Rapid infrared mapping for highly accurate automated histology in Barrett's oesophagus.

2.50
Hdl Handle:
http://hdl.handle.net/11287/620050
Title:
Rapid infrared mapping for highly accurate automated histology in Barrett's oesophagus.
Authors:
Old, O J; Lloyd, G R; Nallala, J; Isabelle, M; Almond, L M; Shepherd, N A; Kendall, C A; Shore, Angela ( 0000-0003-3039-308x ) ; Barr, H; Stone, Nick
Abstract:
Barrett's oesophagus (BE) is a premalignant condition that can progress to oesophageal adenocarcinoma. Endoscopic surveillance aims to identify potential progression at an early, treatable stage, but generates large numbers of tissue biopsies. Fourier transform infrared (FTIR) mapping was used to develop an automated histology tool for detection of BE and Barrett's neoplasia in tissue biopsies. 22 oesophageal tissue samples were collected from 19 patients. Contiguous frozen tissue sections were taken for pathology review and FTIR imaging. 45 mid-IR images were measured on an Agilent 620 FTIR microscope with an Agilent 670 spectrometer. Each image covering a 140 μm × 140 μm region was measured in 5 minutes, using a 1.1 μm(2) pixel size and 64 scans per pixel. Principal component fed linear discriminant analysis was used to build classification models based on spectral differences, which were then tested using leave-one-sample-out cross validation. Key biochemical differences were identified by their spectral signatures: high glycogen content was seen in normal squamous (NSQ) tissue, high glycoprotein content was observed in glandular BE tissue, and high DNA content in dysplasia/adenocarcinoma samples. Classification of normal squamous samples versus 'abnormal' samples (any stage of Barrett's) was performed with 100% sensitivity and specificity. Neoplastic Barrett's (dysplasia or adenocarcinoma) was identified with 95.6% sensitivity and 86.4% specificity. Highly accurate pathology classification can be achieved with FTIR measurement of frozen tissue sections in a clinically applicable timeframe.
Citation:
Rapid infrared mapping for highly accurate automated histology in Barrett's oesophagus. 2017 Apr 10;142(8):1227-1234 Epub Oct 3: Analyst
Publisher:
Royal Society of Chemistry
Journal:
The Analyst
Issue Date:
7-Oct-2016
URI:
http://hdl.handle.net/11287/620050
DOI:
10.1039/c6an01871h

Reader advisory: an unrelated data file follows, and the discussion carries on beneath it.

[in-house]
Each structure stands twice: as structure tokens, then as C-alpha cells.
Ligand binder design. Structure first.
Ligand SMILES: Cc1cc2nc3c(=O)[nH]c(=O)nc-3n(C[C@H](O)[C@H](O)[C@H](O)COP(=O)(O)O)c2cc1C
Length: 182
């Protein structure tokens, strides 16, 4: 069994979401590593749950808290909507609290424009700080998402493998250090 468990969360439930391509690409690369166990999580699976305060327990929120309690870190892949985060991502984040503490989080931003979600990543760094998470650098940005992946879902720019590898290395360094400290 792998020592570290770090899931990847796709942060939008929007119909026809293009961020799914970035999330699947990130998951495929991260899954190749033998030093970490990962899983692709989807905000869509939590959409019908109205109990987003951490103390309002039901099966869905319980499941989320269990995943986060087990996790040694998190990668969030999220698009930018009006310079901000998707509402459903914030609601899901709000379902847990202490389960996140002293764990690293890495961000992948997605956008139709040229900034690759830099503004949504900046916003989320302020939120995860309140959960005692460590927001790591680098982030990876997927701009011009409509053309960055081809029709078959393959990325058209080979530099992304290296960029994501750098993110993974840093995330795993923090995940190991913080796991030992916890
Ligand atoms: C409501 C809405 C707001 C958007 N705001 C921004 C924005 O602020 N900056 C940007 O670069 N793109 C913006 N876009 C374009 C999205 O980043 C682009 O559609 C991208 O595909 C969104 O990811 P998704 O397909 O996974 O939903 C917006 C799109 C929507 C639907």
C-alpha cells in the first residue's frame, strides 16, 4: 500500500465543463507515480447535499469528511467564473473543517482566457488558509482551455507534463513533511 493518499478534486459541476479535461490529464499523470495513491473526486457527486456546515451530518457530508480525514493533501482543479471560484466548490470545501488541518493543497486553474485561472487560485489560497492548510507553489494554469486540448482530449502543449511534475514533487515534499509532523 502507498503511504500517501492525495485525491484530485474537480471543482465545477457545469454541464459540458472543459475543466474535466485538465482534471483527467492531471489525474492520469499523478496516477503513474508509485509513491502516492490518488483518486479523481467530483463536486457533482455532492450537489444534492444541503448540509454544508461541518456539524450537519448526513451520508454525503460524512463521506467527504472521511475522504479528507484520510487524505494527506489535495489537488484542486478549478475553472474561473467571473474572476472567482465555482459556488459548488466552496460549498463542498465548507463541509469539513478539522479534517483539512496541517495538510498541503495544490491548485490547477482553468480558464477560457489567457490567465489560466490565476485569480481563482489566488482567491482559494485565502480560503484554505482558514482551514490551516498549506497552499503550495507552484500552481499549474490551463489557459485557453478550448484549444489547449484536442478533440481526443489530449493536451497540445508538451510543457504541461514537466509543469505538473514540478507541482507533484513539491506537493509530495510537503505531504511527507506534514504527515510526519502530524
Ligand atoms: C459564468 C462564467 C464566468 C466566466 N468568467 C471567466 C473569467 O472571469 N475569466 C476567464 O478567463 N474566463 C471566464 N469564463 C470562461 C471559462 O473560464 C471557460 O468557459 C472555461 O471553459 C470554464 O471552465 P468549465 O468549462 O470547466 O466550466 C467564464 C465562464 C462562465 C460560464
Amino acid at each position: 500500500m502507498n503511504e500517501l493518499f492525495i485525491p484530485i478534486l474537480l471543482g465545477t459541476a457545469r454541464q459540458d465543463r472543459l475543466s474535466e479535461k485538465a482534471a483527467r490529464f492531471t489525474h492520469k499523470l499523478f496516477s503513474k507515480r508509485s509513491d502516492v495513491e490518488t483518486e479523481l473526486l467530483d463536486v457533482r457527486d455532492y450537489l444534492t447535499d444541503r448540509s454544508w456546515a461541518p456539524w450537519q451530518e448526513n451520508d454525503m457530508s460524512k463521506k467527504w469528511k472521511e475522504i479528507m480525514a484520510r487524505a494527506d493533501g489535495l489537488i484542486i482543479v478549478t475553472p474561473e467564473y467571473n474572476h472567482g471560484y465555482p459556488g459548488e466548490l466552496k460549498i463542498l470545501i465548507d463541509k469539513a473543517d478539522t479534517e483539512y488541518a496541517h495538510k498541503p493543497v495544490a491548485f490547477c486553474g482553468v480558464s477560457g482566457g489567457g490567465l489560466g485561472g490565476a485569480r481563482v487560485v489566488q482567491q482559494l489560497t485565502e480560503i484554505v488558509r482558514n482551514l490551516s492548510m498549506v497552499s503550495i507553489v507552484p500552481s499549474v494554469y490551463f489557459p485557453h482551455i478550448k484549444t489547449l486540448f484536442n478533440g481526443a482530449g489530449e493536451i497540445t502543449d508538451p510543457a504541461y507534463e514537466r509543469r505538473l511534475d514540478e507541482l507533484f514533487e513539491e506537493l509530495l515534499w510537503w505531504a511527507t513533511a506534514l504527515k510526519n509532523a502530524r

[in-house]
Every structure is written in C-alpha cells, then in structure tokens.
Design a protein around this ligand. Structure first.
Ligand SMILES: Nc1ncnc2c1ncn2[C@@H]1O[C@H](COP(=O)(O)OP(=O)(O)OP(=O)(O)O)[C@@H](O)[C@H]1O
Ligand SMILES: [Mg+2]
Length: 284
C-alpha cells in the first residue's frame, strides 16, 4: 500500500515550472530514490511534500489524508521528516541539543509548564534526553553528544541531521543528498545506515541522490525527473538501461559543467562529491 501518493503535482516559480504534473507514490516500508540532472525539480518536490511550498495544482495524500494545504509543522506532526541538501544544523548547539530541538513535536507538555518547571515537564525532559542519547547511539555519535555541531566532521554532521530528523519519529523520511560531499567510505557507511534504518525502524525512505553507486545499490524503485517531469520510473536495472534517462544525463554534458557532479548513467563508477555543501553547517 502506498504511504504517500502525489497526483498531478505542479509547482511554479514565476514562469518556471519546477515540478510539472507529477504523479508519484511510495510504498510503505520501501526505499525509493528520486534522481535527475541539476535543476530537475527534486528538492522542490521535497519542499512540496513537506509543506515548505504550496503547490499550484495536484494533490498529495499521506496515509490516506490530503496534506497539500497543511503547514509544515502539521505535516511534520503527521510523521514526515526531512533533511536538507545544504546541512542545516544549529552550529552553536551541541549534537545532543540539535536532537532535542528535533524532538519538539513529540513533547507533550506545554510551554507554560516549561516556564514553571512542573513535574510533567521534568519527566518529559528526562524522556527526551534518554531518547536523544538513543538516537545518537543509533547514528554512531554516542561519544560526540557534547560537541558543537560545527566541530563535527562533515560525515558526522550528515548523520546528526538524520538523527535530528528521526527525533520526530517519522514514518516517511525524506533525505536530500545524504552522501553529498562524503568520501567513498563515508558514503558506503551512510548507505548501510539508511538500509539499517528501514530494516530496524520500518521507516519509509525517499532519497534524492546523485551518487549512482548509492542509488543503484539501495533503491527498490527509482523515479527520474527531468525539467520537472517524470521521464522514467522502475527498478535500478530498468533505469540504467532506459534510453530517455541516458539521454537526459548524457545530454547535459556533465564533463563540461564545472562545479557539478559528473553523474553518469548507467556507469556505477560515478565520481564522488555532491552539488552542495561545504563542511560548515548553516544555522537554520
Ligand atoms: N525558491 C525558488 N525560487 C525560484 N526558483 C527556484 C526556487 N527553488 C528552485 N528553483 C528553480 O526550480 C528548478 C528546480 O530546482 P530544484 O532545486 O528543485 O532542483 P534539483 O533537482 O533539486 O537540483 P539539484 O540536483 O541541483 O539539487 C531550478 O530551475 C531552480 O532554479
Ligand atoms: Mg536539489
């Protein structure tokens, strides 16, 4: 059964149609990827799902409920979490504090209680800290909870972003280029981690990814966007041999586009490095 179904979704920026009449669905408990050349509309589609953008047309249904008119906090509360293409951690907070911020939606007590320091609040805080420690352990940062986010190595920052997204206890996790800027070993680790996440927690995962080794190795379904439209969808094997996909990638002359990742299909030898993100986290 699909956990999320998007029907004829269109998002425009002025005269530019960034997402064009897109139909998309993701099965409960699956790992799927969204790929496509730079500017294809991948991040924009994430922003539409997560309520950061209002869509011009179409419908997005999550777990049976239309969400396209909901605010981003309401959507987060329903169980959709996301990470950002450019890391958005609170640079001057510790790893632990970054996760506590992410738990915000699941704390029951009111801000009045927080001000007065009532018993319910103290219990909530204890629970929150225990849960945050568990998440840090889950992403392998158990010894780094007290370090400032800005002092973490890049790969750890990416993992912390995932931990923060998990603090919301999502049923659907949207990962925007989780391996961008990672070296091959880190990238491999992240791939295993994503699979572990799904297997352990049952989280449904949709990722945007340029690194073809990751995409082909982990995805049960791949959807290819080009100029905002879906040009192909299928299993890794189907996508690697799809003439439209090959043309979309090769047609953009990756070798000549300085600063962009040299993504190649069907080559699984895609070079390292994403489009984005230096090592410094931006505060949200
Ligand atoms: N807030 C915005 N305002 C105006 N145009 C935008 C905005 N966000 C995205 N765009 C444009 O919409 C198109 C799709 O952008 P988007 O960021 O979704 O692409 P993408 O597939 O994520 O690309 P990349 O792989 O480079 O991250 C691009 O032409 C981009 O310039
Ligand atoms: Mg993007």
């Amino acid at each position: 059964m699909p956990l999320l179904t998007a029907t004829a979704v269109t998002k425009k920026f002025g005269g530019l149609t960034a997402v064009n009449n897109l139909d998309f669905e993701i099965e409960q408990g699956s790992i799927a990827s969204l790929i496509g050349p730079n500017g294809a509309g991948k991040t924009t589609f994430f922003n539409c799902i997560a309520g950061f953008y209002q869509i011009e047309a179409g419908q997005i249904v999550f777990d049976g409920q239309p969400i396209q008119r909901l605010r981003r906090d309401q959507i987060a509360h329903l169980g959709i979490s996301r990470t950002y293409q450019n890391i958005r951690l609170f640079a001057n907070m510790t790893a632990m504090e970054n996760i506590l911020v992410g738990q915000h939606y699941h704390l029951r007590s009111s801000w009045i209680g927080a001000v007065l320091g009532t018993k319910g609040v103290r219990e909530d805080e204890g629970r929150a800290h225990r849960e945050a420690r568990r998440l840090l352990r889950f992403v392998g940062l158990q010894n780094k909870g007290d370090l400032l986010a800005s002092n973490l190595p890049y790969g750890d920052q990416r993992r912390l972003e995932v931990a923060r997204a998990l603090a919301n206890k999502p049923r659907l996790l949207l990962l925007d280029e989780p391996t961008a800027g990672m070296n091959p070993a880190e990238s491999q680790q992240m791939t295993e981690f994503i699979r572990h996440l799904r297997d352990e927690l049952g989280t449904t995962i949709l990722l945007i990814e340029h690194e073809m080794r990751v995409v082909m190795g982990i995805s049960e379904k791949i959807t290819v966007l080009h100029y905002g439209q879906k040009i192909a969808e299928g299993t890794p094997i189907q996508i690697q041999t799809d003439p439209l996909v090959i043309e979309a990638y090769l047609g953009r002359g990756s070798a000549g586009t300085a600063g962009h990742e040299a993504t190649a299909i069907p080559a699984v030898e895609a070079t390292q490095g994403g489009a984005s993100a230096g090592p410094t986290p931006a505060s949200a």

PubMed ID:
27713951
Additional Links:
http://dx.doi.org/10.1039/c6an01871h
Type:
Journal Article
Language:
en
ISSN:
1364-5528
Appears in Collections:
Cardiology; Honorary contracts publications; 2016 RD&E publications

Full metadata record

DC FieldValue Language
dc.contributor.authorOld, O Jen
dc.contributor.authorLloyd, G Ren
dc.contributor.authorNallala, Jen
dc.contributor.authorIsabelle, Men
dc.contributor.authorAlmond, L Men
dc.contributor.authorShepherd, N Aen
dc.contributor.authorKendall, C Aen
dc.contributor.authorShore, Angelaen
dc.contributor.authorBarr, Hen
dc.contributor.authorStone, Nicken
dc.date.accessioned2016-10-19T10:29:46Z-
dc.date.available2016-10-19T10:29:46Z-
dc.date.issued2016-10-07-
dc.identifier.citationRapid infrared mapping for highly accurate automated histology in Barrett's oesophagus. 2017 Apr 10;142(8):1227-1234 Epub Oct 3: Analysten
dc.identifier.issn1364-5528-
dc.identifier.pmid27713951-
dc.identifier.doi10.1039/c6an01871h-
dc.identifier.urihttp://hdl.handle.net/11287/620050-
dc.description.abstractBarrett's oesophagus (BE) is a premalignant condition that can progress to oesophageal adenocarcinoma. Endoscopic surveillance aims to identify potential progression at an early, treatable stage, but generates large numbers of tissue biopsies. Fourier transform infrared (FTIR) mapping was used to develop an automated histology tool for detection of BE and Barrett's neoplasia in tissue biopsies. 22 oesophageal tissue samples were collected from 19 patients. Contiguous frozen tissue sections were taken for pathology review and FTIR imaging. 45 mid-IR images were measured on an Agilent 620 FTIR microscope with an Agilent 670 spectrometer. Each image covering a 140 μm × 140 μm region was measured in 5 minutes, using a 1.1 μm(2) pixel size and 64 scans per pixel. Principal component fed linear discriminant analysis was used to build classification models based on spectral differences, which were then tested using leave-one-sample-out cross validation. Key biochemical differences were identified by their spectral signatures: high glycogen content was seen in normal squamous (NSQ) tissue, high glycoprotein content was observed in glandular BE tissue, and high DNA content in dysplasia/adenocarcinoma samples. Classification of normal squamous samples versus 'abnormal' samples (any stage of Barrett's) was performed with 100% sensitivity and specificity. Neoplastic Barrett's (dysplasia or adenocarcinoma) was identified with 95.6% sensitivity and 86.4% specificity. Highly accurate pathology classification can be achieved with FTIR measurement of frozen tissue sections in a clinically applicable timeframe.en
dc.languageENG-
dc.language.isoenen
dc.publisherRoyal Society of Chemistryen
dc.relation.urlhttp://dx.doi.org/10.1039/c6an01871hen
dc.rightsArchived with thanks to The Analysten
dc.subjectWessex Classification Subject Headings::Cardiology::Vascular diseasesen
dc.titleRapid infrared mapping for highly accurate automated histology in Barrett's oesophagus.en
dc.typeJournal Articleen
dc.identifier.journalThe Analysten
dc.type.versionIn press (epub ahead of print)en

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